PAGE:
Speech from the launch of Advancing Pacific PartnershipsDefence
Tuhia ki te rangi
Tuhia ki te whenua
Tuhia ki te ngakau
O nga tangata
Ko te mea nui
Ko te aroha
Tihei (wa) Mauri Ora!
E nga tangata whenua
E te iwi o te Moana nui a Kiwa
Apiti hono, tatai hono
Ratou kua wehe atu kit e po
Apiti hono, tatai hono
Tatou e tu ana ki te ao
Thank you Rouben for your kind introduction.
Thank you Reverend for your prayer and fellowship to open this important gathering focused on partnership, our Pacific identity, and the positive impacts we can have for Pacific peoples through our collective cooperation.
I would like to welcome our honoured Pacific partners—official representatives from Pacific countries and Pacific organisations.
I would also like to greet my Ministerial colleagues, Members of Parliament, Chief Executives, officials, our diplomatic and defence attaché and advisor community, and our academic community.
Finally, I welcome the members of our New Zealand Defence Force and Ministry of Defence, who embody the essence of partnership that brings us together today.
A famous chief and leader of my Ngati Porou tribe, Sir Apirana Ngata, once said:
He aha te mea nui o te ao
He tangata, he tangata, he tangata
What is the most important thing in the world?
It is the people, it is the people, it is the people
The spirit of that proverb runs throughout our new Defence Assessment, Advancing Pacific Partnerships, which I have the privilege to share with you today.
New Zealand is a Pacific country through geography, culture, identity, historical and economic linkages, and valued people-to-people ties.
Our nation’s security and wellbeing are intrinsically bound to the peace and stability of the Pacific.
Together, we face dynamic and intensifying regional security challenges, including the impacts of climate change, transnational organised crime, and increased geostrategic competition.
The year 2018 was pivotal in the evolution of approaches to Pacific security.
At the 2018 Pacific Islands Forum, leaders endorsed the Boe [pronounced: BOY] Declaration, which recognises an expanded concept of security, and affirms that climate change remains the single greatest threat to the livelihoods, security and wellbeing of the Pacific.
In March last year, New Zealand’s Government also recognised an array of challenges in our region, including climate change, economic resilience, and human development, as well as a more contested strategic environment. The Government’s Pacific Reset has recognised and responded to these challenges with a lift in our strategic ambition and investment in the Pacific.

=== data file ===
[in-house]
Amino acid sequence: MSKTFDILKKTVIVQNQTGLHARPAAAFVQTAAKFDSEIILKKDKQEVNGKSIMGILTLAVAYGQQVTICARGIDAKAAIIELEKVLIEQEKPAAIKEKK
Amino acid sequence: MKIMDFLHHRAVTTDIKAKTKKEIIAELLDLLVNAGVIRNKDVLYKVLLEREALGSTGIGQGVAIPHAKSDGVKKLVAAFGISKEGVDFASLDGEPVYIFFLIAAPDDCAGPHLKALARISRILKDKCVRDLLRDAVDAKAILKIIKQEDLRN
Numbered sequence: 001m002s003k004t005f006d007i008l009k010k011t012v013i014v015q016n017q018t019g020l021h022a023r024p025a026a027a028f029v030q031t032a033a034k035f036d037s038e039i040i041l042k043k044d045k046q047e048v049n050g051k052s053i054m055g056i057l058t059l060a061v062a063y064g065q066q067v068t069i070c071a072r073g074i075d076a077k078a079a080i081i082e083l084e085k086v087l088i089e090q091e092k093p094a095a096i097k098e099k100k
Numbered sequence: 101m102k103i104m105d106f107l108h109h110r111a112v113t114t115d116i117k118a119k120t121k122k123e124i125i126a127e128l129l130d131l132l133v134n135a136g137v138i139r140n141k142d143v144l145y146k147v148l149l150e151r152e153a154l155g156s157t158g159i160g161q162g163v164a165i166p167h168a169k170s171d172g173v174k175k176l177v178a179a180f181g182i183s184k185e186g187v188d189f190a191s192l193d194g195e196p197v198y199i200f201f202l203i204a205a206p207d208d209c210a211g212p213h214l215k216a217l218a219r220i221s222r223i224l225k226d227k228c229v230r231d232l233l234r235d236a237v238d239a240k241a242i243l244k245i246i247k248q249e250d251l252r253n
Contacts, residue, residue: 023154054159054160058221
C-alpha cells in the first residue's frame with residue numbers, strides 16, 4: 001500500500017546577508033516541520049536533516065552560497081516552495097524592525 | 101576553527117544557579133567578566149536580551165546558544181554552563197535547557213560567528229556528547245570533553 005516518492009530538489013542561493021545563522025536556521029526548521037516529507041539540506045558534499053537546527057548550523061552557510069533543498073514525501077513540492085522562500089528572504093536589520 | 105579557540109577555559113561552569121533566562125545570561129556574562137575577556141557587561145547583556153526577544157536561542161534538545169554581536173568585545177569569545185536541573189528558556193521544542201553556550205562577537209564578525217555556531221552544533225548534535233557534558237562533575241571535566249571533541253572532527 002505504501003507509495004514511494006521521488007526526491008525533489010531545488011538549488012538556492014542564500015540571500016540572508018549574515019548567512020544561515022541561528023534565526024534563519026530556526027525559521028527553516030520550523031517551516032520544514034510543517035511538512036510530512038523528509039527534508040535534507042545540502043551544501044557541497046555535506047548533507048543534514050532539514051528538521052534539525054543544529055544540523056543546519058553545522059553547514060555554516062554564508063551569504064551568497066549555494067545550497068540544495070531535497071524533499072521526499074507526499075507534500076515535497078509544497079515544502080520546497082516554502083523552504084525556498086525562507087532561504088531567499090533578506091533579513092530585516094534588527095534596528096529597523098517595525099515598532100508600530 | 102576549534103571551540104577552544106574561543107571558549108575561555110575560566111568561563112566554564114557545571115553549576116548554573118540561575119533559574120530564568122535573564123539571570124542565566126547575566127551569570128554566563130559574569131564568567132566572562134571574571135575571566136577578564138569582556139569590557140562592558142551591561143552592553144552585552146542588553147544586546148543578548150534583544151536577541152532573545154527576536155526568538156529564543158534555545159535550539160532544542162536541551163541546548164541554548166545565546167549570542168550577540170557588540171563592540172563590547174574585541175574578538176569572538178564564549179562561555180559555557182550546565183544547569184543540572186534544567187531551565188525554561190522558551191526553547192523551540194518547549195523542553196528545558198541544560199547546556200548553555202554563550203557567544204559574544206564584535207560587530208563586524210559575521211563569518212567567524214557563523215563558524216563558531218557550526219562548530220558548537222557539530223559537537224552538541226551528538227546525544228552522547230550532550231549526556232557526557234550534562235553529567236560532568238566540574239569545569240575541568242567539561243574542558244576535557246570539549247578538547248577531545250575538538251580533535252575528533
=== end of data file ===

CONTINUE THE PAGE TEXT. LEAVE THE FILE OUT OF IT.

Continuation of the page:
Under the Reset, Defence released the Strategic Defence Policy Statement, which elevated the priority for our Defence Force to be able to respond in the Pacific to the same level as New Zealand’s own territory. This elevation represents a steadfast commitment by New Zealand Defence to be ready when called upon by our Pacific partners.
This Defence Assessment translates the principles of the Pacific Reset and the Policy Statement into a Defence regional approach. It aligns us with the Boe Declaration’s expanded concept of security, and with the priorities of our diverse, individual Pacific partners.
Advancing Pacific Partnerships puts forward a vision for an inter-generational investment in a secure, stable, and resilient Pacific, achieved by advancing our partnerships and supporting existing regional security architectures.
Partnership and people-to-people ties have long been a hallmark of our approach in the Pacific. We focus on listening to Pacific partners, understanding partners’ priorities, and cooperating with respect and on an equal footing.
New Zealand Defence’s aim is to be a reliable, trusted, long-term partner.
Advancing Pacific Partnerships builds on this longstanding commitment and on our enhanced commitment to the Pacific.
Core to our concept of partnership is the assurance that our engagement will be sustainable and focused on Pacific priorities.
Alongside our work with Pacific partners, prioritising cooperation with likeminded partners is fundamental to the Advancing Pacific Partnerships approach. These partners can make significant contributions to Pacific security. We can achieve more together than any of us could on our own.
We see our refreshed approach in the Pacific as a contribution not only to our region but also to the international rules-based order. It is just as important to promote and safeguard laws and norms, including transparency, in the Pacific as it is further afield. Pacific regional architecture plays a vital part in this.
Advancing Pacific Partnerships captures our commitments around partnership in a way that we have never fully articulated before.
It grounds our approach in our values, our Pacific identity, and whole of government efforts.
Today I’m proud to share with you three major efforts demonstrating how our Advancing Pacific Partnerships approach is already being put into action in three key areas – efforts we’re undertaking:
- firstly, to advance partnerships;
- secondly, to invest in and support regionalism; and
- finally, to enable our Defence organisations to deliver on this approach.